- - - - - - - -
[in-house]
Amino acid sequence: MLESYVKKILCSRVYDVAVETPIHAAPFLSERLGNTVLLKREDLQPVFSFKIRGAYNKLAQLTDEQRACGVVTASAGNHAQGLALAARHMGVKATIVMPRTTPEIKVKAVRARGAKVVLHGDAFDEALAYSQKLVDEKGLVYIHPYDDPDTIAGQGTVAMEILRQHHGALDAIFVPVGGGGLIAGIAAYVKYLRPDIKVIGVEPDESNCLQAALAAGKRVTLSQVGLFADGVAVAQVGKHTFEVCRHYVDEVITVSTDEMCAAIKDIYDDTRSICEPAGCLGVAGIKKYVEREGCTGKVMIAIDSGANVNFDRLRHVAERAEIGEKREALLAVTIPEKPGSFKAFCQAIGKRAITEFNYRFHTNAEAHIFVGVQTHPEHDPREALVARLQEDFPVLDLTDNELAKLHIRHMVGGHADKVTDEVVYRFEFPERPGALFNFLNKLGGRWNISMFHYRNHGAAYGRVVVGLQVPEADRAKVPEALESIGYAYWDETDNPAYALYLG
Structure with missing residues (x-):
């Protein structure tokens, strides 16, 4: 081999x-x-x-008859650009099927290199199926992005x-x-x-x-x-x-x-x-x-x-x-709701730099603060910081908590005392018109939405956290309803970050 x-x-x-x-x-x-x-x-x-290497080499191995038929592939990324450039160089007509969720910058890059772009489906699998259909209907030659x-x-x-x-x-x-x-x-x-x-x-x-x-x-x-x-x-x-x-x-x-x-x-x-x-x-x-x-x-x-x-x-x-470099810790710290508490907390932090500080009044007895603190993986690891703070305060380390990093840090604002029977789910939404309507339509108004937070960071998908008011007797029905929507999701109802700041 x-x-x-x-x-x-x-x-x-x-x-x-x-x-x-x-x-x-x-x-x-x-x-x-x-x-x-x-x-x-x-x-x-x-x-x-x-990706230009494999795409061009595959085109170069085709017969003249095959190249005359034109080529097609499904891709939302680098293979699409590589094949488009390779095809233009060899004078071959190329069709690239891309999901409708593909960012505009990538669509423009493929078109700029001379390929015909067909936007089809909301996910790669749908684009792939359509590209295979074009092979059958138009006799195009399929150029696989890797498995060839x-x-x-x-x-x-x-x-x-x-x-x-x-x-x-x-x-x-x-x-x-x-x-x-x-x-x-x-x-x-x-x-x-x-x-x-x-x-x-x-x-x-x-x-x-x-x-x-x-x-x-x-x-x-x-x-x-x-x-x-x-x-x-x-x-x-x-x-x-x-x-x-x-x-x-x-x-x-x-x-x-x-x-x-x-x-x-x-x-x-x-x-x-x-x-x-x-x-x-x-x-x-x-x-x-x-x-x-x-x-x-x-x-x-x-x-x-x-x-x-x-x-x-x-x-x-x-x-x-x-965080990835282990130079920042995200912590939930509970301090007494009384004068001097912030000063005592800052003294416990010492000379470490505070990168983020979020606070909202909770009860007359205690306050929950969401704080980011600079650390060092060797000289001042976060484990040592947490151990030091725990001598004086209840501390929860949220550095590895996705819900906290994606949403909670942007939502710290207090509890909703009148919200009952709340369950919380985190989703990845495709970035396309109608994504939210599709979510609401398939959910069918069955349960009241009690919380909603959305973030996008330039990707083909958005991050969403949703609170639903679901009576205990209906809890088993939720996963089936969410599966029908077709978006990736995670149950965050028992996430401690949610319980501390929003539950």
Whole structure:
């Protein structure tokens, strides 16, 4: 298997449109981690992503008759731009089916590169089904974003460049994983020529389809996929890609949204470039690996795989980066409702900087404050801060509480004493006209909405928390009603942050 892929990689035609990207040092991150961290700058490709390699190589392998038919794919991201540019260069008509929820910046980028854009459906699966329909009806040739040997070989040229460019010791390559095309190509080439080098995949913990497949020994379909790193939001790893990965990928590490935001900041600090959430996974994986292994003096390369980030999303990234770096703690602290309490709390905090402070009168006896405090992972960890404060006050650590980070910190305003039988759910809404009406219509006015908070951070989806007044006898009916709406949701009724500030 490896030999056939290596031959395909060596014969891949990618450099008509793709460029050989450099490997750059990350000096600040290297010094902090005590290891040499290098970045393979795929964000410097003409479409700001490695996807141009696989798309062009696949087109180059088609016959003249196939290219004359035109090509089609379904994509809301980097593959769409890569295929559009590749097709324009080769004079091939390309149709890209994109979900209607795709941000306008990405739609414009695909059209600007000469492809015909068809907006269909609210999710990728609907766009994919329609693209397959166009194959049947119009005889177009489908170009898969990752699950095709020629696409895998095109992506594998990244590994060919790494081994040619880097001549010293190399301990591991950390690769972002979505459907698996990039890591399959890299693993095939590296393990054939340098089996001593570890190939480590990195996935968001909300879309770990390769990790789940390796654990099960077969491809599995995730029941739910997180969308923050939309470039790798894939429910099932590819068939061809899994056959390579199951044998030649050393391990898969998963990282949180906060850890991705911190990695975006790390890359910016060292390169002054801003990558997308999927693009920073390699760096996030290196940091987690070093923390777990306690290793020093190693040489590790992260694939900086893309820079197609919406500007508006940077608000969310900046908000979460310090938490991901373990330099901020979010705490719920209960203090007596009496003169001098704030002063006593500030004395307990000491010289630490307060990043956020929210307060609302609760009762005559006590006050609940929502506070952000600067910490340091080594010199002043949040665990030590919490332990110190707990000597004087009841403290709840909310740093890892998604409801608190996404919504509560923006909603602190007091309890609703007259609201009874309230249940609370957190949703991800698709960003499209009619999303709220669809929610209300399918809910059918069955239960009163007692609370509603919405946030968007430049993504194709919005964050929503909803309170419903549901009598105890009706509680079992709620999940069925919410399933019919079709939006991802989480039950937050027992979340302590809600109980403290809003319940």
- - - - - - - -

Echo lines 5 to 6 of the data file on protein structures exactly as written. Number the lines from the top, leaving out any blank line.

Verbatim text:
Whole structure:
């Protein structure tokens, strides 16, 4: 298997449109981690992503008759731009089916590169089904974003460049994983020529389809996929890609949204470039690996795989980066409702900087404050801060509480004493006209909405928390009603942050 892929990689035609990207040092991150961290700058490709390699190589392998038919794919991201540019260069008509929820910046980028854009459906699966329909009806040739040997070989040229460019010791390559095309190509080439080098995949913990497949020994379909790193939001790893990965990928590490935001900041600090959430996974994986292994003096390369980030999303990234770096703690602290309490709390905090402070009168006896405090992972960890404060006050650590980070910190305003039988759910809404009406219509006015908070951070989806007044006898009916709406949701009724500030 490896030999056939290596031959395909060596014969891949990618450099008509793709460029050989450099490997750059990350000096600040290297010094902090005590290891040499290098970045393979795929964000410097003409479409700001490695996807141009696989798309062009696949087109180059088609016959003249196939290219004359035109090509089609379904994509809301980097593959769409890569295929559009590749097709324009080769004079091939390309149709890209994109979900209607795709941000306008990405739609414009695909059209600007000469492809015909068809907006269909609210999710990728609907766009994919329609693209397959166009194959049947119009005889177009489908170009898969990752699950095709020629696409895998095109992506594998990244590994060919790494081994040619880097001549010293190399301990591991950390690769972002979505459907698996990039890591399959890299693993095939590296393990054939340098089996001593570890190939480590990195996935968001909300879309770990390769990790789940390796654990099960077969491809599995995730029941739910997180969308923050939309470039790798894939429910099932590819068939061809899994056959390579199951044998030649050393391990898969998963990282949180906060850890991705911190990695975006790390890359910016060292390169002054801003990558997308999927693009920073390699760096996030290196940091987690070093923390777990306690290793020093190693040489590790992260694939900086893309820079197609919406500007508006940077608000969310900046908000979460310090938490991901373990330099901020979010705490719920209960203090007596009496003169001098704030002063006593500030004395307990000491010289630490307060990043956020929210307060609302609760009762005559006590006050609940929502506070952000600067910490340091080594010199002043949040665990030590919490332990110190707990000597004087009841403290709840909310740093890892998604409801608190996404919504509560923006909603602190007091309890609703007259609201009874309230249940609370957190949703991800698709960003499209009619999303709220669809929610209300399918809910059918069955239960009163007692609370509603919405946030968007430049993504194709919005964050929503909803309170419903549901009598105890009706509680079992709620999940069925919410399933019919079709939006991802989480039950937050027992979340302590809600109980403290809003319940």